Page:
What Stegmaier next determined using integrated genetic and proteomic approaches is that EGFR inhibitors also inhibit a protein called spleen tyrosine kinase (SYK). Her lab confirmed in vitro and in animal studies that inhibiting SYK—either with RNA interference or via SYK chemical inhibitors—has anti-AML activity. “What is so exciting about this is that a chemical genomics screen led us to EGFR inhibitors, to a new target, SYK, and now to a new SYK inhibitor (R788),” she says. Stegmaier is now working with Daniel D’Angelo, MD, PhD (DFCI) to initiate a clinical trial of a SYK inhibitor in patients with AML.

RNA interference finds functionally relevant genes

Benjamin Ebert, MD, PhD (BWH) works to improve the RNA interference technology currently applied by researchers investigating leukemia and other myeloid malignancies.

“RNA interference (RNAi) is a functional approach to screen and look for novel genes that may be playing an important role in myeloid malignancies,” explains Ebert. “The idea is to target and knock down the expression of individual genes and test the genes one by one to see whether they may be playing a functional role in disease. RNAi knocks down the mRNA of a gene thereby blocking its ability to make protein.”

Ebert’s work involves the study of human hematopoietic progenitors that acquire mutations and lead to cancer. “We conduct RNA interference studies in those cells and find genes that are important for differentiation, self-renewal, or proliferation, which are the central abnormalities in hematologic malignancies,” he explains.

“One of the great things about RNA interference is that you can look at hundreds of candidate genes and test each individually to determine its role in disease,” explains Ebert. “We can conduct very detailed studies to find genes that are playing a functional role in human cells without having to grow them in mice or other model organisms.”  With this approach Ebert hopes to identify and shut down mechanisms involving specific genes playing a role in myeloid diseases such as leukemia.

Studying the leukemia microenvironment

DF/HCC researchers are also looking beyond the leukemia cell itself to identify factors potentially leading to its development or maintenance. David Scadden, MD (MGH), Leukemia Program co-leader, studies the leukemia microenvironment for contributions to disease. “For the most part researchers see cancer as the result of a cell gone bad,” says Scadden. “We think it is a tissue that goes bad.”  A focus of the Scadden laboratory is to better understand how the microenvironment contributes to or may be manipulated to inhibit the growth of leukemia. “In short, we are interested in how the microenvironment can be modified,” he says.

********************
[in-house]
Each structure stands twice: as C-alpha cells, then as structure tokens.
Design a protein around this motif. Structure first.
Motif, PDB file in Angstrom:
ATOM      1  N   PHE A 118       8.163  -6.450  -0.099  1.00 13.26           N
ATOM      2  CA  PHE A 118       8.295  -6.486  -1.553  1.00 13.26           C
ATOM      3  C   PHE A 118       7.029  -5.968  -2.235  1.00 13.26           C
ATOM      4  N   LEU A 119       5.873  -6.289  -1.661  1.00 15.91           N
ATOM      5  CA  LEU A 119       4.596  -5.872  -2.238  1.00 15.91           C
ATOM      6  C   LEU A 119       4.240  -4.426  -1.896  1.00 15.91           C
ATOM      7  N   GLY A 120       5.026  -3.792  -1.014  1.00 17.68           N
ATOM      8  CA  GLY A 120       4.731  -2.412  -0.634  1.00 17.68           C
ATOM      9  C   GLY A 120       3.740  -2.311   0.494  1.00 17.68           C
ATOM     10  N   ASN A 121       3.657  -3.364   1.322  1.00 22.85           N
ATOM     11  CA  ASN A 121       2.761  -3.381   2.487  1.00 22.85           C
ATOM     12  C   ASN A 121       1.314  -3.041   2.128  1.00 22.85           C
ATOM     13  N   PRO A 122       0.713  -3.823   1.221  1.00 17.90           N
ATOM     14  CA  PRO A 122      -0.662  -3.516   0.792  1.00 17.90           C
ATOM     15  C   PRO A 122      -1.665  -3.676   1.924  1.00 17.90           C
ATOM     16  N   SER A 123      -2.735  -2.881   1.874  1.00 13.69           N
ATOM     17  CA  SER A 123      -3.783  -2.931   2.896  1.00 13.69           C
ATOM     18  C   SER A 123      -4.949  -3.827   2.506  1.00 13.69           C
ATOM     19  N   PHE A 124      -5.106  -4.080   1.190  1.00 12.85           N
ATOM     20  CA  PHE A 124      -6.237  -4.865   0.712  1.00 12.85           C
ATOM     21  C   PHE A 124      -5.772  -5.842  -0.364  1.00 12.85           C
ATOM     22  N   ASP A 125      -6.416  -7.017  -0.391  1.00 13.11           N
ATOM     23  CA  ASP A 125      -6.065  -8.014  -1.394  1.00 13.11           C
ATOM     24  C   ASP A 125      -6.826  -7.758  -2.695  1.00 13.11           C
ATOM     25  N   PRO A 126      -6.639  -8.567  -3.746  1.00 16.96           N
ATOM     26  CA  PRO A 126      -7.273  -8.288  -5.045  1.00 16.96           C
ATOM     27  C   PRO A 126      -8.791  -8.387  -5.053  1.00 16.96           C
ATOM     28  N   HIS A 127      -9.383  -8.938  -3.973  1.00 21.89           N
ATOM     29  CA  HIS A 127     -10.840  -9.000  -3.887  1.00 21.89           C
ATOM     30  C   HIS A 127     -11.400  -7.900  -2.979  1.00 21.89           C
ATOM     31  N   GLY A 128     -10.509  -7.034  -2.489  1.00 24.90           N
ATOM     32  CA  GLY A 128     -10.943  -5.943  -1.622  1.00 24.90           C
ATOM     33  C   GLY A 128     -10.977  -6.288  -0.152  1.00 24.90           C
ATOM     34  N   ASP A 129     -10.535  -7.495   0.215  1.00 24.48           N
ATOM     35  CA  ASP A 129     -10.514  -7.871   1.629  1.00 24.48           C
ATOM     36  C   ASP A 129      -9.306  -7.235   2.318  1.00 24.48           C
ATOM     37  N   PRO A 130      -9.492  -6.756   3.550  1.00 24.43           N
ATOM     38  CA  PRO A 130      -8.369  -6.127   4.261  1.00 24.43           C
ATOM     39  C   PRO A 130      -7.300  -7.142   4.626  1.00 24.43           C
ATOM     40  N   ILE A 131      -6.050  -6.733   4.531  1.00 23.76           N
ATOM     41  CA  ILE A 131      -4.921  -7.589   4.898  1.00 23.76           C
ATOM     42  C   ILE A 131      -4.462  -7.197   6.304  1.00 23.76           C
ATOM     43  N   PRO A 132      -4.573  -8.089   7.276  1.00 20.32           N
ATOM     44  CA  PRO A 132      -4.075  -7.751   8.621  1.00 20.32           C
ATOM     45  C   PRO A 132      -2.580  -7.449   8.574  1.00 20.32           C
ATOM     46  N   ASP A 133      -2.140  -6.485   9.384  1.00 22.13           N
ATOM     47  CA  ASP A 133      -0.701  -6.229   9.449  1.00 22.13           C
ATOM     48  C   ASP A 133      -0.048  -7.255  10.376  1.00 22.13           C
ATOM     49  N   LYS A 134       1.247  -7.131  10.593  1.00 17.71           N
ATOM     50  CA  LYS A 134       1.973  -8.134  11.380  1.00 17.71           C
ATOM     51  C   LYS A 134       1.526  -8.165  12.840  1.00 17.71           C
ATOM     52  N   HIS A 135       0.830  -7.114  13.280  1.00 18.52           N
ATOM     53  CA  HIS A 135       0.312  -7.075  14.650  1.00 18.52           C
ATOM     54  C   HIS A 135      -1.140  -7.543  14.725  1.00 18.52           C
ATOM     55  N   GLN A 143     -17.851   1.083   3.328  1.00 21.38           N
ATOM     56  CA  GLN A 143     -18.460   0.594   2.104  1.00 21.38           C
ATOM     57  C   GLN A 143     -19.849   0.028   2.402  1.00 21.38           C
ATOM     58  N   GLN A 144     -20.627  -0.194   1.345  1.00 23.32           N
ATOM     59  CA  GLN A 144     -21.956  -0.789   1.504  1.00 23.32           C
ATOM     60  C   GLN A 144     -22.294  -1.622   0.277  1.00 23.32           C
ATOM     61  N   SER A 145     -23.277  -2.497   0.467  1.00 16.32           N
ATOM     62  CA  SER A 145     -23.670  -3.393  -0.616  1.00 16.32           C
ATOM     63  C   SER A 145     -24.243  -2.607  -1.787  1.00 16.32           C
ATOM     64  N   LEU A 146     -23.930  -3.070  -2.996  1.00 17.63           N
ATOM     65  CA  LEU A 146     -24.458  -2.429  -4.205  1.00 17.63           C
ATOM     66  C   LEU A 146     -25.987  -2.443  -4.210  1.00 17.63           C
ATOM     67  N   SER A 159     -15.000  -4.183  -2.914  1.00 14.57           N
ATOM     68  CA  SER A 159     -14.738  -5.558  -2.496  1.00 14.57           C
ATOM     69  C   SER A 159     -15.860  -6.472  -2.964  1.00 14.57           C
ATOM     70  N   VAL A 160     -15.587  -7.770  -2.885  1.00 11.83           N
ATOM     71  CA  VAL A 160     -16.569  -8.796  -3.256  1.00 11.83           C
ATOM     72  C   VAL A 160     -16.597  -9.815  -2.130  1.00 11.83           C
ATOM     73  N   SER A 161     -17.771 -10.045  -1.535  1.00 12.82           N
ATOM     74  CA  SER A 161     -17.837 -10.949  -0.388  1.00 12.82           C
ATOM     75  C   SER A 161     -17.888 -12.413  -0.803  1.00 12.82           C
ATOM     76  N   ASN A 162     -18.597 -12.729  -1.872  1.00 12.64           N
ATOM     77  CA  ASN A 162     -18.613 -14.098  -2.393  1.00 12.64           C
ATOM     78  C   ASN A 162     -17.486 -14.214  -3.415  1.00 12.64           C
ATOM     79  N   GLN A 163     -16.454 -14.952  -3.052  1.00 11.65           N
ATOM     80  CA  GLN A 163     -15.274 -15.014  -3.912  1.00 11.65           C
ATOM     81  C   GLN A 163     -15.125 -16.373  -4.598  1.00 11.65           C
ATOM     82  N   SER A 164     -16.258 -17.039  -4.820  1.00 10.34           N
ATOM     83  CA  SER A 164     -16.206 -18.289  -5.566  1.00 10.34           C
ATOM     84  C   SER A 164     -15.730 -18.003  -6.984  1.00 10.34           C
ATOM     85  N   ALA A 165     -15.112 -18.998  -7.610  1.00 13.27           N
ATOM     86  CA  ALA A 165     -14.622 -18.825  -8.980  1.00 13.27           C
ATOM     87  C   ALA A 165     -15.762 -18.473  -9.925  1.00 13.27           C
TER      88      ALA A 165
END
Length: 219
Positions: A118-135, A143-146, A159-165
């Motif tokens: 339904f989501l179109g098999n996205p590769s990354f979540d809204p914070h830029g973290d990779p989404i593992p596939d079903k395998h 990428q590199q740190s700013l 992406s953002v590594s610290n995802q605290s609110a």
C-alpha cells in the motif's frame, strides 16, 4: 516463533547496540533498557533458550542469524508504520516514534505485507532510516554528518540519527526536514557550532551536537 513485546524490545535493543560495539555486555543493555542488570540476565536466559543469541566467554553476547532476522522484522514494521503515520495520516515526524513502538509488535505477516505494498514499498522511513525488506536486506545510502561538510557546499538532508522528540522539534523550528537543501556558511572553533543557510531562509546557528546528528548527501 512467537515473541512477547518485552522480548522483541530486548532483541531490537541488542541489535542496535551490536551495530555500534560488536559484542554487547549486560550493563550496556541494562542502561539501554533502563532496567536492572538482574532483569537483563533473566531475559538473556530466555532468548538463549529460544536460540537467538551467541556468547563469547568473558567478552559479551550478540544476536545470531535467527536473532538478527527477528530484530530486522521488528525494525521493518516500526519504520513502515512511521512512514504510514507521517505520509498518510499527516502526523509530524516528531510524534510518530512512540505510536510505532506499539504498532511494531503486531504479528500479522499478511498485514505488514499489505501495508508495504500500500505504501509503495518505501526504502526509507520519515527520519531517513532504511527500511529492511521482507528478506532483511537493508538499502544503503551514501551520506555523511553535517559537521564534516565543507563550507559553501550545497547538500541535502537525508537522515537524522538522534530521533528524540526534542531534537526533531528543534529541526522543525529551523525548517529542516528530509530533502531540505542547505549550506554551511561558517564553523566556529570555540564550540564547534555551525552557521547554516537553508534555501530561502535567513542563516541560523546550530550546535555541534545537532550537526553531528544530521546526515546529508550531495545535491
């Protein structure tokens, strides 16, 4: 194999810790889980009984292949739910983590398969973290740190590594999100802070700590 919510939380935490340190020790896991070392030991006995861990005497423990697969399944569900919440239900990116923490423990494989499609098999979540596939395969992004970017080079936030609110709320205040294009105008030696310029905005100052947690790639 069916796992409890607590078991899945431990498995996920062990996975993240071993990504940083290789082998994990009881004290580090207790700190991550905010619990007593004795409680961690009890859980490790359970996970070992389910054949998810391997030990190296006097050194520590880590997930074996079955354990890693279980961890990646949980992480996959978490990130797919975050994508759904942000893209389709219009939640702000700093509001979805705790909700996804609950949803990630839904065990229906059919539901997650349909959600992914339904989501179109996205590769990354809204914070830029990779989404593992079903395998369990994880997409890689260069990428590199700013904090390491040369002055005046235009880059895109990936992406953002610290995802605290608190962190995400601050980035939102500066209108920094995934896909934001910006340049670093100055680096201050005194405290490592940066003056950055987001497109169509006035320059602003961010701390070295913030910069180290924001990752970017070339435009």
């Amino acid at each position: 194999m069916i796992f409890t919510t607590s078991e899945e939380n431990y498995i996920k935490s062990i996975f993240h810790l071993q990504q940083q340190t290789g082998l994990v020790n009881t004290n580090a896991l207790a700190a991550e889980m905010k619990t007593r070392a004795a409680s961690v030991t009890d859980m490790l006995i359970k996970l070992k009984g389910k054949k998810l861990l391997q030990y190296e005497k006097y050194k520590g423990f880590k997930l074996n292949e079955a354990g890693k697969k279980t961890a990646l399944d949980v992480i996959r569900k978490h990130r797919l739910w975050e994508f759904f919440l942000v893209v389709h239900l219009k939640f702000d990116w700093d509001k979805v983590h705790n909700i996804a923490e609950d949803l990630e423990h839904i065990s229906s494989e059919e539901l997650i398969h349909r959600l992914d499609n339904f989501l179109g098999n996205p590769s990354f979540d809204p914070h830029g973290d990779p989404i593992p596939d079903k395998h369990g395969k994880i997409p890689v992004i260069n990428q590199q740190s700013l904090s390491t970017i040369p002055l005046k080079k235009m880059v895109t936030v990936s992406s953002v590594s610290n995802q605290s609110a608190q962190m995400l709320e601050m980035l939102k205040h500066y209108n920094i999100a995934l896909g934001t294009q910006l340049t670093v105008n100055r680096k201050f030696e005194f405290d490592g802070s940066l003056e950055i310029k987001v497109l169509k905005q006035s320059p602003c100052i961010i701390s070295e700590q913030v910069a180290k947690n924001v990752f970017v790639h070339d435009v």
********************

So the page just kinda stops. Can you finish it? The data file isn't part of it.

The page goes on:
One of the aims of this work is to identify novel therapeutic targets important in altering the support of malignant cells to see if they preferentially inhibit malignant leukemia while not destroying normal stem cells.  “We are interested in looking at whether or not modification of the environment stops leukemia initiation,” he says. Scadden’s lab is working on modifying a bone cell—a mesenchymal cell—that contributes to the microenvironment and secondarily changes blood development, leading to leukemia in some animal studies.

Scadden believes this represents one crucial step in the multistep process leading to leukemia. “We are suggesting that there may be interactions between the microenvironment and the leukemic cell that are important both in the initiation of leukemia and its maintenance that may offer novel types of approaches,” says Scadden. “These are potential therapeutic targets with great promise because they interact at the cell-to-cell level.”

As DF/HCC researchers continue to make strides in functional genomics and microenvironment contributions to leukemia, the potential for highly-specific treatments is expansive. Says Look, “It is the age of targeted therapy and a tremendously exciting time to be doing research in leukemia.”

—Alice McCarthy
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1Cancer Cell, Volume 16, Issue 4, 281-294, 6 October 2009